But that's where critical thinking is supposed to come in. Theoretically, upon presentation of several points of view, the viewer would have to discern what is "true." Admittedly, no such global network exists, and, even if one did, how many people care about news enough to take the time to discern the "truth"?

Of course, I could try and make such a network, but I've already got 10 other substantial long-term projects on my clipboard. I wish I could do everything sometimes.

Quote:
Melon, you're right on target with your statement, but I's just giving out the info for people to beware of and try and find out the whole story of things because there is a bias, which many would say there shouldn't be in the news reports, unless it's like a commentary column. Because it's more just the completely wrong points, or Hammering of Issues that the media goes off on that really make no sense..
But here's the problem. While understandably knocking the liberal bias in media, you are simply regurgitating what someone else wrote, and, since it fit your own ideological bias, you have decided it to be "true." But this article is just as sloppy as any so-called "liberal bias" article. As much as it tries to be "informative," it mostly tries to entertain. A lot of bit quotes thrown in likely out-of-context and tons of hypothetical assumptions thrown in the mix. Some possible mistruths as well, which was the origin of Gore's so-called "I founded the internet" statement. Regardless, the words "presumably" and "probably" don't hold much water when you're trying to report fact.

Melon

------------------
"He had lived through an age when men and women with energy and ruthlessness but without much ability or persistence excelled. And even though most of them had gone under, their ignorance had confused Roy, making him wonder whether the things he had striven to learn, and thought of as 'culture,' were irrelevant. Everything was supposed to be the same: commercials, Beethoven's late quartets, pop records, shopfronts, Freud, multi-coloured hair. Greatness, comparison, value, depth: gone, gone, gone. Anything could give some pleasure; he saw that. But not everything provided the sustenance of a deeper understanding." - Hanif Kureishi, Love in a Blue Time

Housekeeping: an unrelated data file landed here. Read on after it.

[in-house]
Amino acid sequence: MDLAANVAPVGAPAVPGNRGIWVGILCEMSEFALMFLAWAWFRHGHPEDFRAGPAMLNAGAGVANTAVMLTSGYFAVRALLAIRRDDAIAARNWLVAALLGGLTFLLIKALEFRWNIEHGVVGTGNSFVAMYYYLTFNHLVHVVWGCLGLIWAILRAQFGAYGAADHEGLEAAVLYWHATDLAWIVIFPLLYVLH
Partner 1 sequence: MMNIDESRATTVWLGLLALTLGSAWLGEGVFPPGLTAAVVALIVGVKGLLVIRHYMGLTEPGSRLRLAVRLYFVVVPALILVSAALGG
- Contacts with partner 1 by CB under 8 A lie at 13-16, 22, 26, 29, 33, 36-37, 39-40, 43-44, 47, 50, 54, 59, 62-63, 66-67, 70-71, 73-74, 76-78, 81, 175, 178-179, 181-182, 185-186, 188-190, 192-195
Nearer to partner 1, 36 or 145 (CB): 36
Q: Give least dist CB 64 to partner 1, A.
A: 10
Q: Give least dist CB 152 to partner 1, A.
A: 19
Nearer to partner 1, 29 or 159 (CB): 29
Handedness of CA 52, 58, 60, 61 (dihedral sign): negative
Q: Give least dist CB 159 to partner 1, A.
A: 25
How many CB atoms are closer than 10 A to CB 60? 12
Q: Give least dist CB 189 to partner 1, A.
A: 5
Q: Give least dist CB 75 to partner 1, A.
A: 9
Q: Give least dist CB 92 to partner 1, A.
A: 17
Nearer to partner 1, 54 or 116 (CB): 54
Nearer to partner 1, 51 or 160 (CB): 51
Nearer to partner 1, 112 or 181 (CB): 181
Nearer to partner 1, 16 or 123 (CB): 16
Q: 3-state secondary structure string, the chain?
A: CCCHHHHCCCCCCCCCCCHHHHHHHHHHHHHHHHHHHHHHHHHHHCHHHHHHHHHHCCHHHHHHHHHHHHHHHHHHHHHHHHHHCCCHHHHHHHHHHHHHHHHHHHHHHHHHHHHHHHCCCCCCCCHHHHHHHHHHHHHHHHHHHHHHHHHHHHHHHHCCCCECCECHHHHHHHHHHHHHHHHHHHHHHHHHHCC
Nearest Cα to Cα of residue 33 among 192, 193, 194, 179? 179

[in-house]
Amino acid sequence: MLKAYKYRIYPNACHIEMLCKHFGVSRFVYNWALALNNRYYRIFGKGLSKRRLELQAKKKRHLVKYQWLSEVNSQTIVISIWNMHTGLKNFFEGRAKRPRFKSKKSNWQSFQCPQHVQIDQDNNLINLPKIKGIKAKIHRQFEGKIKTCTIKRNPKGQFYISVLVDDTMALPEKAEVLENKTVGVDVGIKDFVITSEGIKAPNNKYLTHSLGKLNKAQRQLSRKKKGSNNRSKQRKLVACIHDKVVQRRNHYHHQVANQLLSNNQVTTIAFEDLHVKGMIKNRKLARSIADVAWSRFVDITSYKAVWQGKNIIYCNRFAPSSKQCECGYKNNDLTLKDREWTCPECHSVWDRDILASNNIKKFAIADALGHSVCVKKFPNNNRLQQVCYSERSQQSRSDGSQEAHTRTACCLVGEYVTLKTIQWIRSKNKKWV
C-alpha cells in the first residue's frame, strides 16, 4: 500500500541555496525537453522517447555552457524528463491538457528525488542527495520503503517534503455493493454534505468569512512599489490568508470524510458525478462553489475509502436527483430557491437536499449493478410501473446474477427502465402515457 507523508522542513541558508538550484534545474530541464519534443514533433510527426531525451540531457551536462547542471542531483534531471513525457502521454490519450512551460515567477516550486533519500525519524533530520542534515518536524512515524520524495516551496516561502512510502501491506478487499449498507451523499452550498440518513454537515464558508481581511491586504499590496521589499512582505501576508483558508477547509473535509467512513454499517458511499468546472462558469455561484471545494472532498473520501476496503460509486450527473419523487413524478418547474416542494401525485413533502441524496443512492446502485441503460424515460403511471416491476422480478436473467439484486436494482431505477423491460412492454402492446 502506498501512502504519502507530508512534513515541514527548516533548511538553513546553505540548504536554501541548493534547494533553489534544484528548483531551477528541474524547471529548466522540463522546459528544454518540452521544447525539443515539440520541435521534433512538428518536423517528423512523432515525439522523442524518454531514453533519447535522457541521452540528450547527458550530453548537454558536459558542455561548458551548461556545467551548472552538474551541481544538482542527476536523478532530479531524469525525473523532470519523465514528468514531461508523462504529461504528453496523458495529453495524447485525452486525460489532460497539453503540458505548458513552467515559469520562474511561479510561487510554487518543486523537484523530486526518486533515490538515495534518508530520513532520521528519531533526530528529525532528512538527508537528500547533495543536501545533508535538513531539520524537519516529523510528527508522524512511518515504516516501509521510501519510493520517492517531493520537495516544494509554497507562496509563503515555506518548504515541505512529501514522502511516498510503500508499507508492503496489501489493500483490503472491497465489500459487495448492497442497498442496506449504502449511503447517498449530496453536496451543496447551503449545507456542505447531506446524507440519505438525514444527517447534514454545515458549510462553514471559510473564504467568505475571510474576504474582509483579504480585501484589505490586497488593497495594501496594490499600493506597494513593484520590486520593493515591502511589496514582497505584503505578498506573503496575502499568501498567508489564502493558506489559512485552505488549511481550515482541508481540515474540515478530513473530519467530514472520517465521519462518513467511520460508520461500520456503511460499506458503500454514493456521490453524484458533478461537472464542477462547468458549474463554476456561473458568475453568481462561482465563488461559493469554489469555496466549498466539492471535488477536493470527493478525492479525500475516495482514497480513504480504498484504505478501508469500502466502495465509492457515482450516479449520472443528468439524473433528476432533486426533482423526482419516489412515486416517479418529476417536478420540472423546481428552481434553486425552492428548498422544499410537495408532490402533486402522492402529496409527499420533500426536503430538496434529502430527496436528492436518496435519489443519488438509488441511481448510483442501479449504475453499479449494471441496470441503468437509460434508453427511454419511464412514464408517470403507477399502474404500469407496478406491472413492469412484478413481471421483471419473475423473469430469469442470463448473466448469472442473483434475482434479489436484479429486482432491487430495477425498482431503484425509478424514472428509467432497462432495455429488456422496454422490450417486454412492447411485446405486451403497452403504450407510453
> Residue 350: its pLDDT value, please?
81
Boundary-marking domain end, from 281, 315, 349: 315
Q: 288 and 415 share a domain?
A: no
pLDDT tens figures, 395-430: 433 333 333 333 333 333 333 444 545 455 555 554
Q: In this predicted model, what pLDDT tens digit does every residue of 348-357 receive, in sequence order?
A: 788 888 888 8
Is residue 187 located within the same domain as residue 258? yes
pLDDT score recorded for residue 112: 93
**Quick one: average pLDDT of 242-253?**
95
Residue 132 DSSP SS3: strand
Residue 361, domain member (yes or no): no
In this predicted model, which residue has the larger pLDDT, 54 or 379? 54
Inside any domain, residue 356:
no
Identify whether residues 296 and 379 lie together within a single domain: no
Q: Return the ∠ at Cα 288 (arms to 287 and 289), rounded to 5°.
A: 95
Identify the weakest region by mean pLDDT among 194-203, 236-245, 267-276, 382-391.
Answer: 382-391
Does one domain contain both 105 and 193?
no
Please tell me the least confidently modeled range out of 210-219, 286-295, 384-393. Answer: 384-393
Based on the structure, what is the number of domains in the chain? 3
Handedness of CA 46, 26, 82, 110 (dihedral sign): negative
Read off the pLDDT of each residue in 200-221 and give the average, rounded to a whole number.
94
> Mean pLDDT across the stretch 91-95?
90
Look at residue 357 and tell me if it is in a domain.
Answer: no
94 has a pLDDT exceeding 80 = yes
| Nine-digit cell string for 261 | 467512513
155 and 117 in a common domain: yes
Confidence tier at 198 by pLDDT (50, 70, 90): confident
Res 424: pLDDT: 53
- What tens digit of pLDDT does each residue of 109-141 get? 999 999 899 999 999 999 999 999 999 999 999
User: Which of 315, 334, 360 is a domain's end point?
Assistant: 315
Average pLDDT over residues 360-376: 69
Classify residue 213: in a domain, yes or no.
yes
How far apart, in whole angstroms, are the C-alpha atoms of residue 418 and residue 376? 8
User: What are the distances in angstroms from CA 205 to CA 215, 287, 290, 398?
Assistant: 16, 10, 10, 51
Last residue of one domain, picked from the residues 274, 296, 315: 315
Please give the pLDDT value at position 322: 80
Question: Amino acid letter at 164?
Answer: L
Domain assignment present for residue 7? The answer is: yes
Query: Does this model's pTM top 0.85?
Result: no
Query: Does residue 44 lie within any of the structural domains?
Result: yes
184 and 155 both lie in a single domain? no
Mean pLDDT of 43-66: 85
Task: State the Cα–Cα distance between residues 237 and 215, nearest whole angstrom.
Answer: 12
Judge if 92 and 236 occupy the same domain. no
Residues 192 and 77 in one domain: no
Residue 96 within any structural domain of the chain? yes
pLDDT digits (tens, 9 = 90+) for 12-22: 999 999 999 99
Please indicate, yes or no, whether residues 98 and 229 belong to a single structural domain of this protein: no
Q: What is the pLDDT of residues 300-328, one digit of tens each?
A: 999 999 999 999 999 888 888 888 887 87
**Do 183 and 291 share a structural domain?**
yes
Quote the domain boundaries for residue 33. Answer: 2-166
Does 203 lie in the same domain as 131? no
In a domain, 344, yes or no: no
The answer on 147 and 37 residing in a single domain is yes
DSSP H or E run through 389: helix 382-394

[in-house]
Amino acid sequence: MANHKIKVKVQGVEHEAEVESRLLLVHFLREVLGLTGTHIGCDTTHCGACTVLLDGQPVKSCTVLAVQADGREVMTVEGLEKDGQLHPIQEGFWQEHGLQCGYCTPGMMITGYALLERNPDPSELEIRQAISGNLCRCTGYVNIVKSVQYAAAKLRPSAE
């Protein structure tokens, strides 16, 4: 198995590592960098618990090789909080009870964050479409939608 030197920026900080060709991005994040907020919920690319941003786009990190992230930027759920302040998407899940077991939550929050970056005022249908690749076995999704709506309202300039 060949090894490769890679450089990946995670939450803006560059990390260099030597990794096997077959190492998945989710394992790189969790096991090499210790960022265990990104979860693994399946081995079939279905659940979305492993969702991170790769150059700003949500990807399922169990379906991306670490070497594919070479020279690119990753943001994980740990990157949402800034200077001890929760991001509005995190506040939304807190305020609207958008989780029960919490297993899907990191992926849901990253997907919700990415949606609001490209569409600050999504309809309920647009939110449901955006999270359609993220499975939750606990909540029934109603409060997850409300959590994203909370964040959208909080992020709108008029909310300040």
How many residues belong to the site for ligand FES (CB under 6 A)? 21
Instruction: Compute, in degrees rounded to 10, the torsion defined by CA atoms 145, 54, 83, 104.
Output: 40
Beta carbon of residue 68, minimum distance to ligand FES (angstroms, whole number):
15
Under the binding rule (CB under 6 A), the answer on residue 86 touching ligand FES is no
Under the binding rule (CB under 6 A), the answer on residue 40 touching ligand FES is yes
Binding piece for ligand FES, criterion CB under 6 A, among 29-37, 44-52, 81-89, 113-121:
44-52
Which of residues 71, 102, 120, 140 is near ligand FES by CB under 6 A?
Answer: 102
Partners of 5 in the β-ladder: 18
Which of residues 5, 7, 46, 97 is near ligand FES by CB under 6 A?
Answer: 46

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Old 01-15-2002, 11:02 AM   #11
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M, an excellent post, no.. a yamtastic post.. And Yah, I'm just trying to maybe help bring to light that the general mass media out there isn't from a nonobjective point of view, and in the majority it is a liberal's viewpoint.

I'm sure you get just frustrated with it, as you are an educated, and intellectual.. two different things, person, who apparently knows some of the inner workings of journalism, Just how say for instance, when Bush would give a speech, or Dole gave his Republican convention speech a while back, ALL that ms woodruf or bernard shaw would talk about.. The ONLY thing was how 'Dole Mentioned Clinton's name 34 times', It's just that whenever some issue comes up and it happens to be .. say even a good thing that republicans do, IT is ALWAYS slammed, it is always just shit upon. And It is just like that these news anchors are just spouting pure poison for the not as well informed people to believe, because seriously.. why shouldn't they believe them.

And I realize that I can't write from a nonobjective point of view, But when I mention fox news, That news station is not as far right as say, CNN is left.. It is more of a nonobjective pov than cnn, though stil maybe pointed in its favored direction.

And I know this is going to open a whole new discussion, but I believe that everyone should listen to Rush Limbaugh, I know he may get high on his horse, or act pompously, but seriously, He is extremely intelligent, He knows his shiz, and He calls tihngs for what they are, And will disagree with the republicans if he feels they are wrong, or agree with the democrats if he feels they are right, ..

And I'm also a big fan of chris MAtthews, ... let's see there are some others, russert being one, but I can't think of them at the moment...

Cheers,
Off to class.. Or Maybe just to Swallow a sword.. samurai perhaps. I've got no time to reread this deeply, so Im sure there are points i'll maybe have to elaborate on, but anyways,... enuf.. where's the dome.. ah, it's right there through the snow...

L. Unplugged

[This message has been edited by Lemonite (edited 01-15-2002).]